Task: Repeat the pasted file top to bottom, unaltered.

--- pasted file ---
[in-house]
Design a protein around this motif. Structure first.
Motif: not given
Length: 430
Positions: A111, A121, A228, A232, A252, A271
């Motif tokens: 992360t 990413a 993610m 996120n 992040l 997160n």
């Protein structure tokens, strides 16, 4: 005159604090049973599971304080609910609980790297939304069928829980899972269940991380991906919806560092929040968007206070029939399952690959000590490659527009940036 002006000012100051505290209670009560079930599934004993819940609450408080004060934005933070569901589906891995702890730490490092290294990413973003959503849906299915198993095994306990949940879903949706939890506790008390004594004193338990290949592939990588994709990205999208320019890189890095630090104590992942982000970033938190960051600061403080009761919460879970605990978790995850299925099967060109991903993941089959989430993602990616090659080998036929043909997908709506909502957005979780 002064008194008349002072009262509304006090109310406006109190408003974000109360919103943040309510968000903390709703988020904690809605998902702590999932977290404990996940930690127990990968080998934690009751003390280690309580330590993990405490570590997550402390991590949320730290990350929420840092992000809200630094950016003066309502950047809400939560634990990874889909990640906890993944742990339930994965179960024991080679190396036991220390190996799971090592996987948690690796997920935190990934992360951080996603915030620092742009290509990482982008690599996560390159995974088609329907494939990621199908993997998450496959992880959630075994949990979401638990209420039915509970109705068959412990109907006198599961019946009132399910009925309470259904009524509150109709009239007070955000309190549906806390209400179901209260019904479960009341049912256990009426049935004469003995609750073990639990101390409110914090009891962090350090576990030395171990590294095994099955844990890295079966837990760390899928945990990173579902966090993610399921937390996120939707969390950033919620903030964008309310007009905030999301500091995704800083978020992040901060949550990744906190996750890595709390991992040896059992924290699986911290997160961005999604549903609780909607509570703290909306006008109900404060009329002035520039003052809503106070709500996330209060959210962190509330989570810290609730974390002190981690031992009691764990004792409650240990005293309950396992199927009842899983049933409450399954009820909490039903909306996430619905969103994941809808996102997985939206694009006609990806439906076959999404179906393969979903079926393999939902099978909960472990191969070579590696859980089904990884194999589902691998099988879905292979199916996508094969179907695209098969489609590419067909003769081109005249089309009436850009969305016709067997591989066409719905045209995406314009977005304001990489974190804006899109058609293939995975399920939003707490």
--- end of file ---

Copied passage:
[in-house]
Design a protein around this motif. Structure first.
Motif: not given
Length: 430
Positions: A111, A121, A228, A232, A252, A271
């Motif tokens: 992360t 990413a 993610m 996120n 992040l 997160n």
């Protein structure tokens, strides 16, 4: 005159604090049973599971304080609910609980790297939304069928829980899972269940991380991906919806560092929040968007206070029939399952690959000590490659527009940036 002006000012100051505290209670009560079930599934004993819940609450408080004060934005933070569901589906891995702890730490490092290294990413973003959503849906299915198993095994306990949940879903949706939890506790008390004594004193338990290949592939990588994709990205999208320019890189890095630090104590992942982000970033938190960051600061403080009761919460879970605990978790995850299925099967060109991903993941089959989430993602990616090659080998036929043909997908709506909502957005979780 002064008194008349002072009262509304006090109310406006109190408003974000109360919103943040309510968000903390709703988020904690809605998902702590999932977290404990996940930690127990990968080998934690009751003390280690309580330590993990405490570590997550402390991590949320730290990350929420840092992000809200630094950016003066309502950047809400939560634990990874889909990640906890993944742990339930994965179960024991080679190396036991220390190996799971090592996987948690690796997920935190990934992360951080996603915030620092742009290509990482982008690599996560390159995974088609329907494939990621199908993997998450496959992880959630075994949990979401638990209420039915509970109705068959412990109907006198599961019946009132399910009925309470259904009524509150109709009239007070955000309190549906806390209400179901209260019904479960009341049912256990009426049935004469003995609750073990639990101390409110914090009891962090350090576990030395171990590294095994099955844990890295079966837990760390899928945990990173579902966090993610399921937390996120939707969390950033919620903030964008309310007009905030999301500091995704800083978020992040901060949550990744906190996750890595709390991992040896059992924290699986911290997160961005999604549903609780909607509570703290909306006008109900404060009329002035520039003052809503106070709500996330209060959210962190509330989570810290609730974390002190981690031992009691764990004792409650240990005293309950396992199927009842899983049933409450399954009820909490039903909306996430619905969103994941809808996102997985939206694009006609990806439906076959999404179906393969979903079926393999939902099978909960472990191969070579590696859980089904990884194999589902691998099988879905292979199916996508094969179907695209098969489609590419067909003769081109005249089309009436850009969305016709067997591989066409719905045209995406314009977005304001990489974190804006899109058609293939995975399920939003707490």